Polling The Success Of Women In The UAE
You're reading Entrepreneur Middle East, an international franchise of Entrepreneur Media.
For the first time in history, when Emiratis cast their votes in the UAE’s Federal National Council (FNC) elections this month, half of the seats were awarded to women. They were also equally represented in the electoral college. These momentous elections are a time to celebrate the achievements and progress of women in the UAE, and reflect on the example the Emirates can set for the region and for the world.
My work in private banking takes me all over the world, but I have a particular affinity for the Gulf, where Dubai remains a leading hub. This sector is more than a few years away from gender parity, and the UAE is no exception on that front. Yet, as Chair of Hinduja Bank, and through its subsidiary, Hinduja Bank Middle East, I have seen first-hand the improvements that can be made when businesses give women a greater role. I have been inspired by the efforts made in the Emirates.
Better business, better world
This year, across the globe, we saw 29% of senior management roles held by women. Though at first glance a disappointing figure, this is a 5% leap from the previous year. Yet while numbers have risen, the top jobs are still held by men. Women continue to fight to be heard in the boardroom. 13% of all global businesses still do not have even one woman in senior management.
Women everywhere cite a lack of developmental work opportunities, access to networks, and care responsibility as the biggest factors in the imbalance between the genders. Governments and business need to work to solve these issues, not merely because of a commitment to equality but also because not doing so is throwing money away.
A recent survey of over 20,000 firms from 91 countries discovered that if a company had women at the C-suite level, they dramatically improved their net margins. There’s plenty of evidence that businesses with a sensible balance of men and women are 15% more likely to outperform their rivals.
These statistics tell us what we already know: refusing to hire women means leaving some of the brightest minds and hardest workers out in the cold. Refusing to promote women leaves female workers discouraged and liable to leave for your competitor.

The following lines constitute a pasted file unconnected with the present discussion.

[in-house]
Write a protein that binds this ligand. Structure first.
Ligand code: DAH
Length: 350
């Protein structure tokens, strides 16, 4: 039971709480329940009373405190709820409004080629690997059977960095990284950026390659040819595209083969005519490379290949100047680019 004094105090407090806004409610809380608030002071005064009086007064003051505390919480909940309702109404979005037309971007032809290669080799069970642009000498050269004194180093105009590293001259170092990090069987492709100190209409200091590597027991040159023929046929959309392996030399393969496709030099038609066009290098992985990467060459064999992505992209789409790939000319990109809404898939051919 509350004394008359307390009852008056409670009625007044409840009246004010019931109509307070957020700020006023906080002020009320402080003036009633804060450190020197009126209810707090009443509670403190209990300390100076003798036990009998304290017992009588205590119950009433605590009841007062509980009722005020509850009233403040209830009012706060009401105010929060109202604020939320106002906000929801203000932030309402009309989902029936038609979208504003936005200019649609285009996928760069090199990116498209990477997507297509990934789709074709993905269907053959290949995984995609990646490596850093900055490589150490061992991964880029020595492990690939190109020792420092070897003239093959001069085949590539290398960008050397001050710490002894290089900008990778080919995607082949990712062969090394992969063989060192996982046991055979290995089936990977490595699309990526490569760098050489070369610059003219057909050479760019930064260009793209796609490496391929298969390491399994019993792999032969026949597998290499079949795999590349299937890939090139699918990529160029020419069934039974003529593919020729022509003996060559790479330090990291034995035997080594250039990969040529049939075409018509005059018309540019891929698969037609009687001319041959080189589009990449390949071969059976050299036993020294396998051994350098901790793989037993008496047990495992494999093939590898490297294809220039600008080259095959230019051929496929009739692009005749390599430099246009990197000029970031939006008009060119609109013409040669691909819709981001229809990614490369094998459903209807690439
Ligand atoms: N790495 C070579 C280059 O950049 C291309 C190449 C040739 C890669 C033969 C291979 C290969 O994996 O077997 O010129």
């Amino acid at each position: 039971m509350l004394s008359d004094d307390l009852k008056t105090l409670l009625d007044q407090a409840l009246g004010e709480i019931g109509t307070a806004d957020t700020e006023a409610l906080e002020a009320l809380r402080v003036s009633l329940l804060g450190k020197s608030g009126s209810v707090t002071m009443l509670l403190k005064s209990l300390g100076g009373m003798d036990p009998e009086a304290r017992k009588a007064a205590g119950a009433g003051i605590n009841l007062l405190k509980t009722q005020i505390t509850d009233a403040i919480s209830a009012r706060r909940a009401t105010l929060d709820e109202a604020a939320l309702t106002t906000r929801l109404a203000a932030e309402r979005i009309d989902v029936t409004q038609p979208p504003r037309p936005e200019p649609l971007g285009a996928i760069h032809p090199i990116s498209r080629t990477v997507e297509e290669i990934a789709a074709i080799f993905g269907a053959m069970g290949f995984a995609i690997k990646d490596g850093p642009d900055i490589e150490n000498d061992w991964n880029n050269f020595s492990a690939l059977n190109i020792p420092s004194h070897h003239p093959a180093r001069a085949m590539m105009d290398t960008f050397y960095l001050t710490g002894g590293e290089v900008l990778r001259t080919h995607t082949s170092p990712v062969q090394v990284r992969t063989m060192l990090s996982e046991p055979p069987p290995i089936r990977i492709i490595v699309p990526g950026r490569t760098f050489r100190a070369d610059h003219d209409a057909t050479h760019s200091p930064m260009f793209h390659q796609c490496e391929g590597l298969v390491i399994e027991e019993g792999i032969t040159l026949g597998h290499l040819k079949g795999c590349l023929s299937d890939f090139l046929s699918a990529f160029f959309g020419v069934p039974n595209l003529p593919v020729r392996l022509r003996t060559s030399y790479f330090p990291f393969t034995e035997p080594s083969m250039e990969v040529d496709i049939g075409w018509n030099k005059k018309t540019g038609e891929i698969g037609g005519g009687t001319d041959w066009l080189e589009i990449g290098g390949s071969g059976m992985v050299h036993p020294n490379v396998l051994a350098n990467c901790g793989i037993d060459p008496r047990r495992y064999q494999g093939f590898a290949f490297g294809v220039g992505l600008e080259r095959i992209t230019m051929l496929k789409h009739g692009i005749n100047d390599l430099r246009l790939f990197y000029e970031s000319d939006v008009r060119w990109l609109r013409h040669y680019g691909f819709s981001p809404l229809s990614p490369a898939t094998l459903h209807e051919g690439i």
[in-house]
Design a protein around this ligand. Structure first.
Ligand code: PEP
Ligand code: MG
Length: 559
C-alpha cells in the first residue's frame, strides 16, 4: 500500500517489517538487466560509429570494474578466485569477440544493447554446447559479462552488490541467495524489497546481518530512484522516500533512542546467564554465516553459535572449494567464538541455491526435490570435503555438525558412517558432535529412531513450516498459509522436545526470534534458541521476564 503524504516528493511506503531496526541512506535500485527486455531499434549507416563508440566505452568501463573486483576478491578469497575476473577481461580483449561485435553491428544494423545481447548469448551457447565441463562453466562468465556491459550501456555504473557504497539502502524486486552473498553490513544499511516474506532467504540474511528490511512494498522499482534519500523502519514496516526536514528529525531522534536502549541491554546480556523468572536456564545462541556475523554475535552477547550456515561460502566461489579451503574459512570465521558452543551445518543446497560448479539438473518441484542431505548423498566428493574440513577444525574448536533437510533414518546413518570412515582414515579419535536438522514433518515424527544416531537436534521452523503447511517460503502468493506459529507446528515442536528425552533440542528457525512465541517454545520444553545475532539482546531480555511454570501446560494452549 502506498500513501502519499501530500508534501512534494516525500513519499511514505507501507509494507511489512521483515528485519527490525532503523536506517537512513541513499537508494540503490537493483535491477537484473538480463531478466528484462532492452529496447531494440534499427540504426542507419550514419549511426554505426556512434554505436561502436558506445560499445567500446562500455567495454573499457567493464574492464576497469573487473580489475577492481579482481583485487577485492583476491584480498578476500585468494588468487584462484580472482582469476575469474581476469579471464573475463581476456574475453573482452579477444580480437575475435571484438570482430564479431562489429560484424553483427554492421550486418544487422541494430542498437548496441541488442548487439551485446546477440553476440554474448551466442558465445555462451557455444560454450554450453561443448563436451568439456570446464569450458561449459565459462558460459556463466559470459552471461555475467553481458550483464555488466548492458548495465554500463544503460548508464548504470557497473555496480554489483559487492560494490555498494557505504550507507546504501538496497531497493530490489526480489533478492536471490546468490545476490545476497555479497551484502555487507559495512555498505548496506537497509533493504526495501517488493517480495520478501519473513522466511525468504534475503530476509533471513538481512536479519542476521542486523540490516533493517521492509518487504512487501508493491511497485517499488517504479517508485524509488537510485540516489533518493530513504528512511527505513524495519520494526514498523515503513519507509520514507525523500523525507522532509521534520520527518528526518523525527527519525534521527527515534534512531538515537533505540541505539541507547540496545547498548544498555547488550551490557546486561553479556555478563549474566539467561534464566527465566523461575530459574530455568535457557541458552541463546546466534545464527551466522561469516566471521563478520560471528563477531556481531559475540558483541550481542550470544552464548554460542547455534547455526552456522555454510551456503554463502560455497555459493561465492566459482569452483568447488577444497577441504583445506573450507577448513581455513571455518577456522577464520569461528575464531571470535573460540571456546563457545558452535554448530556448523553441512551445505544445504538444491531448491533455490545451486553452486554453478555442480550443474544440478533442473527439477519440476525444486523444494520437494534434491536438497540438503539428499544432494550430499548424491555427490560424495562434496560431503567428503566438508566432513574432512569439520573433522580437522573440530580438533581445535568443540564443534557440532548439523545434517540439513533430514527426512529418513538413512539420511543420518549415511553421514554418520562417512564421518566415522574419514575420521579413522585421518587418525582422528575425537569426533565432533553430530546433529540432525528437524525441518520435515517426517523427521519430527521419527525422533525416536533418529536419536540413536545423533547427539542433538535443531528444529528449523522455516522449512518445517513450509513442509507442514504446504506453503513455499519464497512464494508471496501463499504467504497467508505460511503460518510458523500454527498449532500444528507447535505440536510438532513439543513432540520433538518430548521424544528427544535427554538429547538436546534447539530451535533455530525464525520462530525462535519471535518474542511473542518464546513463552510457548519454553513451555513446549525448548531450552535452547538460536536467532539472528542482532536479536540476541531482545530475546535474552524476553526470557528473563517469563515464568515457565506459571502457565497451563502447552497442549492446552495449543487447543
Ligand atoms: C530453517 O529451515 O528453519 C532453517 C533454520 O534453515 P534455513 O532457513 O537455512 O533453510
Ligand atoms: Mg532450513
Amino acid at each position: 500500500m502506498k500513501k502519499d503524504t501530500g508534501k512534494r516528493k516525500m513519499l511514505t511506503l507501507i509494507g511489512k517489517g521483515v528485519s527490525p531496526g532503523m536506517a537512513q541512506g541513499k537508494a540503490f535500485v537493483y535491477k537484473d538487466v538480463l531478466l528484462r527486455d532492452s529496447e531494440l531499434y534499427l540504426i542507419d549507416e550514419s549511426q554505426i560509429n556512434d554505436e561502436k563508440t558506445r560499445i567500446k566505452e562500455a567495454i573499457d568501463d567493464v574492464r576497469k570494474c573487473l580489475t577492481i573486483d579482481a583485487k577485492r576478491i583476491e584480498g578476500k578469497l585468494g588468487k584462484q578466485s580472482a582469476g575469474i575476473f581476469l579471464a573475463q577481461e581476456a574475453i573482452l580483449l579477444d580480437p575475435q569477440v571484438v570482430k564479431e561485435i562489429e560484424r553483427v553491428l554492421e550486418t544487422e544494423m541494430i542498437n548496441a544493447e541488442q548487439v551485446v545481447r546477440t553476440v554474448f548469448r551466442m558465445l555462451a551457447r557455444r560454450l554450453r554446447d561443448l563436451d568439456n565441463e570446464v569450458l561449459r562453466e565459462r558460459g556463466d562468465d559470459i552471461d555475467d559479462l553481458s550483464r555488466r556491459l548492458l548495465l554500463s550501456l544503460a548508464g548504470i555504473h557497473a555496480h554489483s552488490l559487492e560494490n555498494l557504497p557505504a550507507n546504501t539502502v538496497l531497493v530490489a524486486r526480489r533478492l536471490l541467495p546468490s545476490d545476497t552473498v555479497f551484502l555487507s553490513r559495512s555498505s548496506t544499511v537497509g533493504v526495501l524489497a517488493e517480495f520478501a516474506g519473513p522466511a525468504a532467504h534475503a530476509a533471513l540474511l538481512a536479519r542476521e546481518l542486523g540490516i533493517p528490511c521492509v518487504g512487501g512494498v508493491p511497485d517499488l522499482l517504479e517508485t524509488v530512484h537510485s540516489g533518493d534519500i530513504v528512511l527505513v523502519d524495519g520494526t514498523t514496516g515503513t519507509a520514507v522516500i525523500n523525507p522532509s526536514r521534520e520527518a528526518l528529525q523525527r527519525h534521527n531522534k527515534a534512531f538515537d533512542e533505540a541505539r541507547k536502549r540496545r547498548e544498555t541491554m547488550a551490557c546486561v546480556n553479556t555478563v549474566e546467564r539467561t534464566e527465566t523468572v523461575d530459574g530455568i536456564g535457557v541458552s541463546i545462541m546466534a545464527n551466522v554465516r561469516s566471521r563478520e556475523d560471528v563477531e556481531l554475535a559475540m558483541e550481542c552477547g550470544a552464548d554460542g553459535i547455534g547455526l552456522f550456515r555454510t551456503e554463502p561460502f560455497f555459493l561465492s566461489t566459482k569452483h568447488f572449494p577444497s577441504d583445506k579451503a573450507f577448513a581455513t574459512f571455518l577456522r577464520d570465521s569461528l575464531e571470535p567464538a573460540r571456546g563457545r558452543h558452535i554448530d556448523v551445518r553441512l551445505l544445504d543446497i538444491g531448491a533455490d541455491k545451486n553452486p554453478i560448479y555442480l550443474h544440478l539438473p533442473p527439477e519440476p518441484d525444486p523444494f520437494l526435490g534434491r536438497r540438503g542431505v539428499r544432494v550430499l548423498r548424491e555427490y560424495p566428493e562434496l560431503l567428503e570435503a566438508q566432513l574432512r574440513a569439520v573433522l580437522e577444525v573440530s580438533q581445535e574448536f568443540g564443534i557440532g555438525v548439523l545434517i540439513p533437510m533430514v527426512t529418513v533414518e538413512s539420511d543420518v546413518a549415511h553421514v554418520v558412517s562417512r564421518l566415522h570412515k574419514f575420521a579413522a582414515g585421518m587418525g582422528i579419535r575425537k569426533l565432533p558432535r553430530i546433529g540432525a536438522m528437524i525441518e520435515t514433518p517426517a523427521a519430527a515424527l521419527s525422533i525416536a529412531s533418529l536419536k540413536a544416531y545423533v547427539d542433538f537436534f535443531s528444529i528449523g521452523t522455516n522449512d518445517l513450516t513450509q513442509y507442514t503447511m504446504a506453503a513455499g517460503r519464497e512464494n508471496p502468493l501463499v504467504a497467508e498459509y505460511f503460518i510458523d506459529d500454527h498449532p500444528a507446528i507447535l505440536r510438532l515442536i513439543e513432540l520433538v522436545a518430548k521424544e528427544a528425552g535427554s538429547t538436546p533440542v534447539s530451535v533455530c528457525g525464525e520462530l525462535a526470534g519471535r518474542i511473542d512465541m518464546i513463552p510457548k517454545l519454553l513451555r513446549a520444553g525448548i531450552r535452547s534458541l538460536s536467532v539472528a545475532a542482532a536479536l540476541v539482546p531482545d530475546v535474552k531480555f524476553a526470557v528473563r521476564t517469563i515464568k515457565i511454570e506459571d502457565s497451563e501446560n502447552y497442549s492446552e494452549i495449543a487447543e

When I began my career in banking, I was lucky that my father, S. P. Hinduja, gave me the opportunities unavailable to most women. If we are to see more women in roles like mine, then firms and government need to cut the mood music, and start proactively encouraging their female employees to pursue management positions.
This means firms making it clear to women how they can get to the top, challenging the old boys’ networks –making a few old girls’ networks along the way– and investing in the skills and talent of our younger female employees to show our commitment to them.
What the UAE can teach the world
The UAE is leading the way on this front, empowering its women in a way that can inspire the entire region. Women lead half of all Emirati small-to-medium-sized enterprises, and 33% of all business generating revenues greater than US$100,000, compared with just 13% in the US.
The government itself has been proactive in advancing gender equality. The introduction of quotas enabled the advances at October’s FNC elections. 20% of the government’s current diplomatic corps are female. And, through the establishment of the Dubai Women Establishment, and the Gender Balance Council, it has overseen a strategic plan that includes increasing women’s participation in the development of the economy, improving childcare and encouraging female leadership.
These types of initiatives have had a real effect across the Middle East. We’ve seen an annual 46% growth of new startups over the past three years– with a quarter of these new firms led by women. This is not only an impressive expansion of the economy, but also a sign that gender equality is directly linked to economic growth and diversification.
As women increasingly take on leadership positions, they become economically empowered, and begin to exert their positive influence in other parts of the economy. At Hinduja Bank, we have seen that the younger generation of private banking clients, in which the women are increasingly empowered, have brought new insights and new priorities to their families’ investment portfolios.
The influence of women has seen clients increasingly focus on impact investing, for example, and on taking an entrepreneurial rather than a passive role in managing family wealth. That means a more global and socially engaged investment strategy, as well as a more diverse set of investment targets. That, in turn, is good for society and a boon to the UAE’s economy.
There is much to do, and much to learn. A lot of powerful women are starting to fight, and we are making an impact. Only by investing time, confidence, and money will we see an improvement in global equality. The UAE is a success story, and the whole world can learn from it.
I have always hoped and believed this region could be a game changer on female empowerment. Today, that dream is coming true.